© 2018 inwantofjasmine.com All individual works copyrighted by their authors; all rights reserved. All poems and essays are works of the imagination. While the perceptions and insights are based on the authors’ experiences, no reference to any real person is intended or should be inferred. The views expressed on this website may not necessarily reflect the views of In Want of Jasmine: Journal for the Written Wor(l)d.

On Picnic Day

As part of the Draw Write Here project, Sue Blaustein and Thea Kovac collaborated as writer and artist responding to the a topic in their medium, swapping work and responding to their partner’s work, creating illustrated stories.

On Picnic Day by Thea Kovac

On Picnic Day

We ride elephants
to our rock
on picnic day.
When we arrive – at our boulder –
we dismount
and the elephants

stay there.

They won’t leave
without us.
They wouldn’t,
but it’s not like
waiting. They don’t wait.
They abide where
we are; and when we’re ready
to be somewhere else,
they’re ready too.
That’s how it feels.

They sway their trunks
in rhythm, back and forth
while we unpack
slices of bread.
We lay the slices
directly on our boulder,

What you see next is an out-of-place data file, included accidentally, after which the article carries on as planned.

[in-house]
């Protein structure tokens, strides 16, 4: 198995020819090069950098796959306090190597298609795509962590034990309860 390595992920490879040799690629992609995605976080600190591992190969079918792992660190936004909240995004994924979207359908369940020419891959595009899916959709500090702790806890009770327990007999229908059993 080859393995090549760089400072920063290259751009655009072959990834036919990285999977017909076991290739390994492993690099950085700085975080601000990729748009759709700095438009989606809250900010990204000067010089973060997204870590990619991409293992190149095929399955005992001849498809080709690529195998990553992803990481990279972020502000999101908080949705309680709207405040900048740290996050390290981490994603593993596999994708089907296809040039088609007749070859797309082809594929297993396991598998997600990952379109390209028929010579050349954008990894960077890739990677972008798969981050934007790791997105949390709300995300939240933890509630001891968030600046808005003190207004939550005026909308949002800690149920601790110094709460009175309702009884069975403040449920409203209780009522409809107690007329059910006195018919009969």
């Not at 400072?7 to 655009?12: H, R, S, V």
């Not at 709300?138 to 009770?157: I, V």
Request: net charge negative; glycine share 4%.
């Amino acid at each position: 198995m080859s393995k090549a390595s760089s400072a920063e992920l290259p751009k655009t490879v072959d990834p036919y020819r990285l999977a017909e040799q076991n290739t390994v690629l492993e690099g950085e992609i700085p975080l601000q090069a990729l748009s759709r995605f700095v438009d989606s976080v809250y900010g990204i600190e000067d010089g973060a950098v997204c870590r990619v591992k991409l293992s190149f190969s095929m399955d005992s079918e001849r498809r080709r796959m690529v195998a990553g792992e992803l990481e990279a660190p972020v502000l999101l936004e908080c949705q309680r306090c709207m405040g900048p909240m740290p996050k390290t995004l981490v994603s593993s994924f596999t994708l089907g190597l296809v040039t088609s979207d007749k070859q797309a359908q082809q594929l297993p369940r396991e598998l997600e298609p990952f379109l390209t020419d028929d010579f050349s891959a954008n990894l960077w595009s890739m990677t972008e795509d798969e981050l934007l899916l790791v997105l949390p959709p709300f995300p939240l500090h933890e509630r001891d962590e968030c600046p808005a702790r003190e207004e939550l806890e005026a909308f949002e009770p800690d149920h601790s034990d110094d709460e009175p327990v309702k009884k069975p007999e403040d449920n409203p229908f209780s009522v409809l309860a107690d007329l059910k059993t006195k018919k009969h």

because it’s inexhaustibly clean.
The minerals it precipitates strengthen us.
Napkins and paper plates don’t.

Elephant skin is gray, folded

and complicated.

The boulder is textured too.
Its colors are subtle.

Charcoal and rose.

There are little marks, runes
on it – each of us has a favorite.
One looks like part of a crawfish!

We open jars.

We have miraculous spreads
for open-face sandwiches.
Every sort of fruit

and its color, blended.

Orange peel, lemon peel… lime wash.
Deep raspberry thinned to pink,
creating stripes along Concord grape.

The spreads look like sherbet,
but they’re warm – not icy,
not silly. Our sandwiches
look like the sky between
park trees in the east, backlit

in April at dusk;

or the tentacles of anemones

in tide-pools.
We’re calm

because of the colors, calm
from the minerals
and the elephants.
We’re calm from
the antiquity and subtlety
of the markings on our rock.

Others lived.
So can we.


by Sue Blaustein
Artwork by Thea Kovac
In H. Fischman (Ed.), Draw Write Here, Volume 2, Issue 2. Blaustein, S. & Kovac, T. (2017)

The item, from Goodwill, that began Sue & Thea’s artistic conversation:

Kovac1